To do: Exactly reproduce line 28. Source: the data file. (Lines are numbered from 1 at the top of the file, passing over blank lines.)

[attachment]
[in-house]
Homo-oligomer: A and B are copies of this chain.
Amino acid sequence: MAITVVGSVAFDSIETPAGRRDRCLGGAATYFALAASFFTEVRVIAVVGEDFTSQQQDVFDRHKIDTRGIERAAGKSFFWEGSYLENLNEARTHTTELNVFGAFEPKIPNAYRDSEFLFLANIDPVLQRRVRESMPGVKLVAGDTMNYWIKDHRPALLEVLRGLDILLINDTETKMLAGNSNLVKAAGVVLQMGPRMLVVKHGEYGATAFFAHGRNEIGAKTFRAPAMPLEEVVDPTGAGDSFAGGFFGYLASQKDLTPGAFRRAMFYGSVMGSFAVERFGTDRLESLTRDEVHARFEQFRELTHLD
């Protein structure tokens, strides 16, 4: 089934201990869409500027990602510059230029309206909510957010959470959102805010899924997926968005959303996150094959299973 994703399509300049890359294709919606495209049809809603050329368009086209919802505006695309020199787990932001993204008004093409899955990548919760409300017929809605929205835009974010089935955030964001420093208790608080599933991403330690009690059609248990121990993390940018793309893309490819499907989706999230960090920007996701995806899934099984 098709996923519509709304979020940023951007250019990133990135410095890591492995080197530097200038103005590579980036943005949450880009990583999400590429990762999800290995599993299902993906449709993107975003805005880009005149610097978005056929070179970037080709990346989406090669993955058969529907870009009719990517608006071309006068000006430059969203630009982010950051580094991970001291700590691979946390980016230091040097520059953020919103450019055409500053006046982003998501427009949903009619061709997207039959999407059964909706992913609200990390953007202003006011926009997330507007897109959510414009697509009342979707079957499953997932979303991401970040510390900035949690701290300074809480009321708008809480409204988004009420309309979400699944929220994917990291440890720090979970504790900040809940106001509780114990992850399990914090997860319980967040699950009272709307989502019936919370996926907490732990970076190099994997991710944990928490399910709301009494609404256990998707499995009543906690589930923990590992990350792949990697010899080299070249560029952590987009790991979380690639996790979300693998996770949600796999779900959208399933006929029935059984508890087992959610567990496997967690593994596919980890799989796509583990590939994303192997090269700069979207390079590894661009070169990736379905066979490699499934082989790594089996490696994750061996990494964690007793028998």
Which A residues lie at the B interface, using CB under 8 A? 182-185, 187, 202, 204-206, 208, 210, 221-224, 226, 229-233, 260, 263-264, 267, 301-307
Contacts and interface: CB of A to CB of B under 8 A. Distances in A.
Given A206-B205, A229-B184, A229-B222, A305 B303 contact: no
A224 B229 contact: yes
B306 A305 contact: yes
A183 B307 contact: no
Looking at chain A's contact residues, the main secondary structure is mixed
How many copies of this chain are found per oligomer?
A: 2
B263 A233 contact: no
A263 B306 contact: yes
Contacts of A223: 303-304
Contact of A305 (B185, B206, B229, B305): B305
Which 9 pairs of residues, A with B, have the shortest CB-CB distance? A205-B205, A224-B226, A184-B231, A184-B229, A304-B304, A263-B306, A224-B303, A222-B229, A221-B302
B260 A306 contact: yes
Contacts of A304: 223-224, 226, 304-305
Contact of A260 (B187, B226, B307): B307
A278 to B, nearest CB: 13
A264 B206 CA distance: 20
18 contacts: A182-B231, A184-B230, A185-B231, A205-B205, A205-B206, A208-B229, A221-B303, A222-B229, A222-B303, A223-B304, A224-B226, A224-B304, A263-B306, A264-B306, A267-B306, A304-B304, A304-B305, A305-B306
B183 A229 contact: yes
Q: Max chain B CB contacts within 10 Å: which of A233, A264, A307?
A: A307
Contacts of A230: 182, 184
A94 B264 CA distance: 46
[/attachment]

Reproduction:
Contacts of A230: 182, 184